Trending: The Hit Parade lives on
From next week, streamed music will have its own chart. Will tracking what we listen to, rather than buy, make the Top 10 relevant again?
Tim Walker is The Independent’s Los Angeles correspondent, covering entertainment and other concerns from the West Coast of the US. He was previously a features writer and the editor of the paper’s diary column. His first novel, Completion, is being published in January 2014.
Friday 11 May 2012
Next Monday sees the launch of the UK's first music-streaming chart, based not on iTunes downloads – let alone HMV purchases – but on listening figures from streaming services such as Spotify, Deezer and Napster. Though some mega-selling acts such as Coldplay and Adele have resisted Spotify's embrace, the streamed Top 10 is destined to contain much the same artists as the physical and download charts: Ed Sheeran is the most streamed artist of 2012, according to the Official Charts Company (OCC), with Lana Del Rey, David Guetta, Gotye, Jessie J and Rihanna close behind. Casual audits of online piracy also suggest an illegal-downloads chart would closely resemble the legal one; distribution methods make little difference to taste.
Legal streaming is seen as the potential saviour of an industry decimated by piracy, and last year it was reported that 26 per cent of consumers now stream music online, more than the 17 per cent who legally download. According to the British Phonographic Industry (BPI), however, the legitimate streaming market – which relies on advertising, not consumers' cash – is worth £35m, a mere 4.5 per cent of the music industry's overall revenues.
"Hopefully this chart will bring some public prestige to whoever is being streamed the most," says Tim Ingham, editor of Music Week, "and the public will engage more with streaming services, because they'll feel part of something that has a tangible metric." Is that metric really reliable, though?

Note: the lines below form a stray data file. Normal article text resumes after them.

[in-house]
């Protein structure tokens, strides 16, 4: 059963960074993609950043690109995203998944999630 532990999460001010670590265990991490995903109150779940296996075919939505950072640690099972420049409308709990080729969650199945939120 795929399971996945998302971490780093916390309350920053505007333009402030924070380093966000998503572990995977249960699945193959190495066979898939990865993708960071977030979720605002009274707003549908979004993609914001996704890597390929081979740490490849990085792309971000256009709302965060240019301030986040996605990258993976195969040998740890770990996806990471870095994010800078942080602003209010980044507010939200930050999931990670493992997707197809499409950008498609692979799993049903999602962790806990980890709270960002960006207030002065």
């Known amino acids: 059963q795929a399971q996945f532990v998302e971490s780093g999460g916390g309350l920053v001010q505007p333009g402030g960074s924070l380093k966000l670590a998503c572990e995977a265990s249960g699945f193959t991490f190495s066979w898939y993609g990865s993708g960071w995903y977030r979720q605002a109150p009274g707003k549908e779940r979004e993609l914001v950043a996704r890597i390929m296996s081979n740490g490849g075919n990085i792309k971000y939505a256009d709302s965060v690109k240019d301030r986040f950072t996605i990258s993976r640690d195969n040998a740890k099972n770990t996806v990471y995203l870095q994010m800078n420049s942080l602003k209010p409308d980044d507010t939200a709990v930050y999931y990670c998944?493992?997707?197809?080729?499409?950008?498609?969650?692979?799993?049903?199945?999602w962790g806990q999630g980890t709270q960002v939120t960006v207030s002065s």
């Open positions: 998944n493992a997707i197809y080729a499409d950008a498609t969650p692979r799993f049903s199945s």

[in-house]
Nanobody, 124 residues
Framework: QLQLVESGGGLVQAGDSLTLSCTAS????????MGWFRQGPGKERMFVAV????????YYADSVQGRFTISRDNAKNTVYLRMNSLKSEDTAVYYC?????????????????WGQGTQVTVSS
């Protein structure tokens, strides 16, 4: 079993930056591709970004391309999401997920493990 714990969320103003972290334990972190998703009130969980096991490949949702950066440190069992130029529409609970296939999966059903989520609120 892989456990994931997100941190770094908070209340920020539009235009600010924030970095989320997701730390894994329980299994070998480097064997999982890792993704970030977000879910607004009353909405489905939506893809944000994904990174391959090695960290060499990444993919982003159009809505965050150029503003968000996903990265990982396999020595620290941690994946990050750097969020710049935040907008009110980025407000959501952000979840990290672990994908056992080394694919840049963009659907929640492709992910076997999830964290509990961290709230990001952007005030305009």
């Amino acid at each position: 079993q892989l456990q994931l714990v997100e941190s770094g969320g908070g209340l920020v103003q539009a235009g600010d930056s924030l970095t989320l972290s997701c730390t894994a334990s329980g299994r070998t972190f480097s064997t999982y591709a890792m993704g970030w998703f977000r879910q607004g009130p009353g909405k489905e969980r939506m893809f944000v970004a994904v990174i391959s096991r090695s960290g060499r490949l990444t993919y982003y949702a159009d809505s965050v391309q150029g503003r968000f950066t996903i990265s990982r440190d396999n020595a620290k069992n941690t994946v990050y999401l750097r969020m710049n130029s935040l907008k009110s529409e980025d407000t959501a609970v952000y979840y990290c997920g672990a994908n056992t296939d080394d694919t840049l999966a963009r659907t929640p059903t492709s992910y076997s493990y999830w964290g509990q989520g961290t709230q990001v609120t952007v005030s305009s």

YouTube views account for more than half of all online music streaming, but bring no direct revenue to artists or their labels, so are not included in the new chart's statistics. And does anyone care about the charts any more, anyway? Overall UK singles sales may have reached a record high, but the only time the singles chart makes news nowadays is when the latest X Factor single and the latest anti-X Factor single do battle for Christmas No 1. Teenagers used to tape the chart from the radio; now they rip the best new tracks from YouTube or the Pirate Bay weeks before release. The question of who's in the Top 10 each Sunday feels increasingly culturally redundant.
"I honestly don't care about the charts," says Mark Ellen, editor of The Word magazine. "I used to care when I was the editor of Smash Hits 25 years ago... as back then it was a genuine indication of popularity. Now you get huge distortions because a lot of the sales that register in the charts are for the kind of music bought by people who still want physical product – often CDs in jewel cases picked up in motorway service stations, usually with Adele's face on it – whereas there are countless other acts who are just as popular but among people who swap and download digital product, sales that are very often unregistered. And chart positions now are by no means an indication of the strength of feeling towards an act... Popular acts often don't sell magazines; lesser-selling bands with an obsessive following do."
In fact, the top of the new streaming chart is far less interesting than what its lower reaches reveal about listening habits. According to the OCC, 2.6 billion audio streams were delivered in 2011. Between them, the top 1,000 tracks in the chart were streamed approximately 755 million times, accounting for just 29 per cent of all streams.
The top 1,000 downloaded songs, by contrast, represent 48 per cent of all downloads. This means that the "long tail" of the streaming market is considerably longer and more diverse than that of its digital predecessor, the download.
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